Chris Paul looks set to stay in L.A. blue and red. So who does he need around him?
The Los Angeles Clippers have been busy beavers already this offseason, but they have much work yet to be done if they want to contend for a title. That's why a trade this offseason could very well be in the cards.
ESPN's Chris Broussard reports that Chris Paul is so likely to re-sign with the Los Angeles Clippers, his representatives have told teams around the league not to bother calling about him. Everything will now be built around Paul going forward, with the goal of winning a championship.
New coach Doc Rivers has also been named the Senior Vice President of Basketball Operations. Perhaps owner Donald Sterling merely made this move to feel like he was getting his money's worth out of Rivers, but there's no doubt about who's in charge of assembling this squad.
Rivers inherits a 56-win team that earned the first division title in franchise history. They finished fourth in offensive efficiency (measured by points per 100 possessions) and ninth in defensive efficiency. It was a very good year.
But their swift exit from the postseason ensured a change was coming, and Rivers has some things to fix if he wants to mold a very good Clippers team into a true title contender. Based on his track record, Rivers will likely look to preserve and enhance the team's half-court prowess while also stocking the team with solid defenders.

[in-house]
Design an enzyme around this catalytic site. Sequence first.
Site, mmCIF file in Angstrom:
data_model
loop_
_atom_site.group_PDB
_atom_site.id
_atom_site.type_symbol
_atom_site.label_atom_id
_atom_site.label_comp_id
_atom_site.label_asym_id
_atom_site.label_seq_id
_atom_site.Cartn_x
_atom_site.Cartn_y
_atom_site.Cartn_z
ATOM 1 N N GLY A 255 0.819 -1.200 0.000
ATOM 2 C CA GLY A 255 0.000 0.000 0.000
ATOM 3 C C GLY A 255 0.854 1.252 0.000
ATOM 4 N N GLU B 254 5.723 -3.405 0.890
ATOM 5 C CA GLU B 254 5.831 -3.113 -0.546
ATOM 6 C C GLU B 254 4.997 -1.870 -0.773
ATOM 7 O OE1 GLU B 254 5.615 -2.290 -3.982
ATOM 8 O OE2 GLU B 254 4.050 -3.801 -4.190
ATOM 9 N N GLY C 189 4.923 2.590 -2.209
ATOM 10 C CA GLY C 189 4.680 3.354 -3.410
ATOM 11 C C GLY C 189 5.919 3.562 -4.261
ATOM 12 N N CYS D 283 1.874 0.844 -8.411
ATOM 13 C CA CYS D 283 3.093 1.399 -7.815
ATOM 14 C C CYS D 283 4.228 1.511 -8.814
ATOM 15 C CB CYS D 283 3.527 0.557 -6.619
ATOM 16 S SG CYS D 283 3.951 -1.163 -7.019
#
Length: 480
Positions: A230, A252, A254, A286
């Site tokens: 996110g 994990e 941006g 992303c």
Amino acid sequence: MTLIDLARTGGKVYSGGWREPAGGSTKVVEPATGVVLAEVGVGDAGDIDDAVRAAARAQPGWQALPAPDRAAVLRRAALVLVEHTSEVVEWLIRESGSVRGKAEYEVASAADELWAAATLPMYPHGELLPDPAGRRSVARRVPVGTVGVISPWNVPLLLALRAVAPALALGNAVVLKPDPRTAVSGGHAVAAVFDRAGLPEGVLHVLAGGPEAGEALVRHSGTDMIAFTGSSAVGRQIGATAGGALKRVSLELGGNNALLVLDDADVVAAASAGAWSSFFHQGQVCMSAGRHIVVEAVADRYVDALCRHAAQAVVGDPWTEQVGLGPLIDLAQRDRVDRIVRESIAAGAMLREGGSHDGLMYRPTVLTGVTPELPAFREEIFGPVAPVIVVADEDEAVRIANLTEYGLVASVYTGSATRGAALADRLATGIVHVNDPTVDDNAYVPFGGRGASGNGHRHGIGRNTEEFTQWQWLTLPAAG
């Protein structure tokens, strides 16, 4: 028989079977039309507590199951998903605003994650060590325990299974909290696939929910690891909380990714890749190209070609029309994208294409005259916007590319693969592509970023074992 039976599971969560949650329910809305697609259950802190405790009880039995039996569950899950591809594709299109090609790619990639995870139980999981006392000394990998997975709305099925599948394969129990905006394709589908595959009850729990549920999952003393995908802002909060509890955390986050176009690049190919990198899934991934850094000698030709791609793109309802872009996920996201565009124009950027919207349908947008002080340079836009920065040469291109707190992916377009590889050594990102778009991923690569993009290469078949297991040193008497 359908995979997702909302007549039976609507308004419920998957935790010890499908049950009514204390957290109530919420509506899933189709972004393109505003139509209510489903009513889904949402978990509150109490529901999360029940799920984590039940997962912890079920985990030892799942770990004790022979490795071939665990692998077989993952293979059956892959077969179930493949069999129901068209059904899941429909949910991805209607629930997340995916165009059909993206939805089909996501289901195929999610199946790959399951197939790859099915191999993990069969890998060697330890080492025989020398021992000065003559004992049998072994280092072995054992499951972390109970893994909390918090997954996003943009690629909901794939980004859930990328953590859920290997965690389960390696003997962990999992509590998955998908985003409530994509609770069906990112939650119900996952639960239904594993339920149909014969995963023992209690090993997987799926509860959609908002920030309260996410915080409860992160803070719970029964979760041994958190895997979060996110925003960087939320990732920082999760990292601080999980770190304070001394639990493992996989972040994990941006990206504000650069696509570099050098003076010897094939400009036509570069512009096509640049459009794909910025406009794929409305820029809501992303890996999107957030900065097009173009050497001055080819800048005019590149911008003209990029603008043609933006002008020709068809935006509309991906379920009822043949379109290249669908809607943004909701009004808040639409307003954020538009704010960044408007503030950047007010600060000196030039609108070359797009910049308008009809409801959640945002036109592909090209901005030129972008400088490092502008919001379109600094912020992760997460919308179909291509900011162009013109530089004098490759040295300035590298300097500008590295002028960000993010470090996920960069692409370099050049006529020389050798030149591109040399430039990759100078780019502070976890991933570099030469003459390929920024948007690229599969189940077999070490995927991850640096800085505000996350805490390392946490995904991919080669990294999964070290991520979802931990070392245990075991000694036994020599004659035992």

The biggest area of need for the Clips is at swingman. Caron Butler and Willie Green did their best impressions of competent NBA starters last season, but the Clippers will need something more if they want to style themselves as real contenders.
Step one for the Clippers should be to re-sign their Swiss Army knife Matt Barnes. Step two should be to bring in a new face to galvanize the team and shore up the middle of their lineup.
First, we'll look at two of the most prominent trades that have been rumored, and then consider four players who would make for an even better fit in Lob City.
Marc Stein of ESPN.com reports that the Toronto Raptors have a keen interest in Eric Bledsoe. The framework of a deal with the Raps would net the Clippers perpetual-trade-rumor Andrea Bargnani or shooting guard DeMar DeRozan.
This deal is half good and half bad, and the bad half hails from Italy. The Raptors have been trying to unload Bargnani for quite some time now, and L.A. should feel wary of this deal, which would likely include Caron Butler. That being said, both players can shoot from outside and score in bunches.
For some bizarre reason, the Clippers really like Bargnani, even though DeRozan seems to be the better overall player (14.8 player efficiency rating to 11.3 for Bargnani). DeRozan became expendable after the Raptors acquired Rudy Gay, and Rivers really likes him, as pointed out by Ryan Wolstat of the Toronto Sun.